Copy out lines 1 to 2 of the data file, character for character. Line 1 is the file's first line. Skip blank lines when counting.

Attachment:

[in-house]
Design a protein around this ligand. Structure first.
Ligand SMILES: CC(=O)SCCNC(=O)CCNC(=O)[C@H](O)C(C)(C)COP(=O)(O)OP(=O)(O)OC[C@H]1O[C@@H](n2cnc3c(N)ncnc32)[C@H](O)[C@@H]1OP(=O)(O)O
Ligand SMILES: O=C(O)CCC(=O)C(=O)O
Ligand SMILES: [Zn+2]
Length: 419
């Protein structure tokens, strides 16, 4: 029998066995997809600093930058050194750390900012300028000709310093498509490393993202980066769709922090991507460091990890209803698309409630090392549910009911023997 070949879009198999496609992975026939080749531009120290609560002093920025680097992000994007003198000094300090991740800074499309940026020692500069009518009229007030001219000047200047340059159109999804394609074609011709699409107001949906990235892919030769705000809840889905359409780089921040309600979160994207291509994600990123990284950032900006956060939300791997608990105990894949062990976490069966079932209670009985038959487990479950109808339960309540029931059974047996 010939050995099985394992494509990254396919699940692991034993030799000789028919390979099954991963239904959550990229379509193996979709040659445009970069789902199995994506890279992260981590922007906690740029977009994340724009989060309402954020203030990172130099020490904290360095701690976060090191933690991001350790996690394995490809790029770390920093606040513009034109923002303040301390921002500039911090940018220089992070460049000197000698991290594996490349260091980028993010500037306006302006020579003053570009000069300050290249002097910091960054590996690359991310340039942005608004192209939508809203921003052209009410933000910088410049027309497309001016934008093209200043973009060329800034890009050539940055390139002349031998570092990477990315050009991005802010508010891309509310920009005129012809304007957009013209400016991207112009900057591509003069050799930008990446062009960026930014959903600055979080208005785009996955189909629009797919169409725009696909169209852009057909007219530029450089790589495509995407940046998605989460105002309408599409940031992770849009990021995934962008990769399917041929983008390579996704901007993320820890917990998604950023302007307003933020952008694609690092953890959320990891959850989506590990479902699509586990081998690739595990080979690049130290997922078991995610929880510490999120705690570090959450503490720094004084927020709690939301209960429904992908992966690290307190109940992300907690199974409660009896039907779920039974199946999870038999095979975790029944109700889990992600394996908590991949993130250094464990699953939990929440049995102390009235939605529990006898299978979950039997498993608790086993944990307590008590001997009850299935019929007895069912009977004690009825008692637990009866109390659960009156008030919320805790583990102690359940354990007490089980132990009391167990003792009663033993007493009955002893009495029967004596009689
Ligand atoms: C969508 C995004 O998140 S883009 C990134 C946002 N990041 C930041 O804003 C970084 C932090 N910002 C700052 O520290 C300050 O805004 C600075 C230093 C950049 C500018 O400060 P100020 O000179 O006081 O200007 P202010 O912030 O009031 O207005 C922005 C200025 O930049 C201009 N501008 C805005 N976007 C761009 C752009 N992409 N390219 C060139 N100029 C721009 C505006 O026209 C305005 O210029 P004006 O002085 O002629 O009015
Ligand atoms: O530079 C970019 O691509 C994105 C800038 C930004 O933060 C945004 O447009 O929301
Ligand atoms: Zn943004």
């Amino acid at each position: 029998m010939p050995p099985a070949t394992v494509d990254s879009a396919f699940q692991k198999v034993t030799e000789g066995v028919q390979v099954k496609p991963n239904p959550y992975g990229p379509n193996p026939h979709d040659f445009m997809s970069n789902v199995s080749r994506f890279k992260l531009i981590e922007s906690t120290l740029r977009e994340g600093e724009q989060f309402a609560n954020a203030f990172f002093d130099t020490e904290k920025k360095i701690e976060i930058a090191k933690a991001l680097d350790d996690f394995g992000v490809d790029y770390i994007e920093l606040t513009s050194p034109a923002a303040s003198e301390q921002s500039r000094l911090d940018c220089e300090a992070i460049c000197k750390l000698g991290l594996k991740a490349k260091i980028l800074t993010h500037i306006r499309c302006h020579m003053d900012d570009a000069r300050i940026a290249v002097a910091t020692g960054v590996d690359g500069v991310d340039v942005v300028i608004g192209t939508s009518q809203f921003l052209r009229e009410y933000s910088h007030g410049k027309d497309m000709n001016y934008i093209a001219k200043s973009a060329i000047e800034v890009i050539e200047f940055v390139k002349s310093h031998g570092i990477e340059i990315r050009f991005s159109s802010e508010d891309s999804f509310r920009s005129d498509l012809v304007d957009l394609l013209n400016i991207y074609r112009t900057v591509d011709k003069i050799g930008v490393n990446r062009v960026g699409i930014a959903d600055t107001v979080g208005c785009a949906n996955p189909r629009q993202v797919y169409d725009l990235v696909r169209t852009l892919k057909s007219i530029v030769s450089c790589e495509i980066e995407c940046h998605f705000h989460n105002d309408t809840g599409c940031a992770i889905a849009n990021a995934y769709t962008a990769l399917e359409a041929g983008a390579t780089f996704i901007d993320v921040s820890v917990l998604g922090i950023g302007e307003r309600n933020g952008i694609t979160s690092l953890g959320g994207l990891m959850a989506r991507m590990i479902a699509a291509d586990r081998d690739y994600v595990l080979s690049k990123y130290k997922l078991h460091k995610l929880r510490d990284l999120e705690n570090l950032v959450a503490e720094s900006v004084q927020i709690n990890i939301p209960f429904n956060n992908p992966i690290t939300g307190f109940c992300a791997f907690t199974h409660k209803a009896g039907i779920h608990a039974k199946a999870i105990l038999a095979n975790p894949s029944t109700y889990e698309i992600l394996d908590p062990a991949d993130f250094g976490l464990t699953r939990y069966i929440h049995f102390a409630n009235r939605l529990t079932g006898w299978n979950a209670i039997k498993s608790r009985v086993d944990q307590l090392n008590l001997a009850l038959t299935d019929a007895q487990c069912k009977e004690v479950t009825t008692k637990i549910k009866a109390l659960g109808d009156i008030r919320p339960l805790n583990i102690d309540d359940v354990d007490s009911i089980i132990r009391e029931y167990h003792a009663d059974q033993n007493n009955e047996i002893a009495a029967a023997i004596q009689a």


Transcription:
[in-house]
Design a protein around this ligand. Structure first.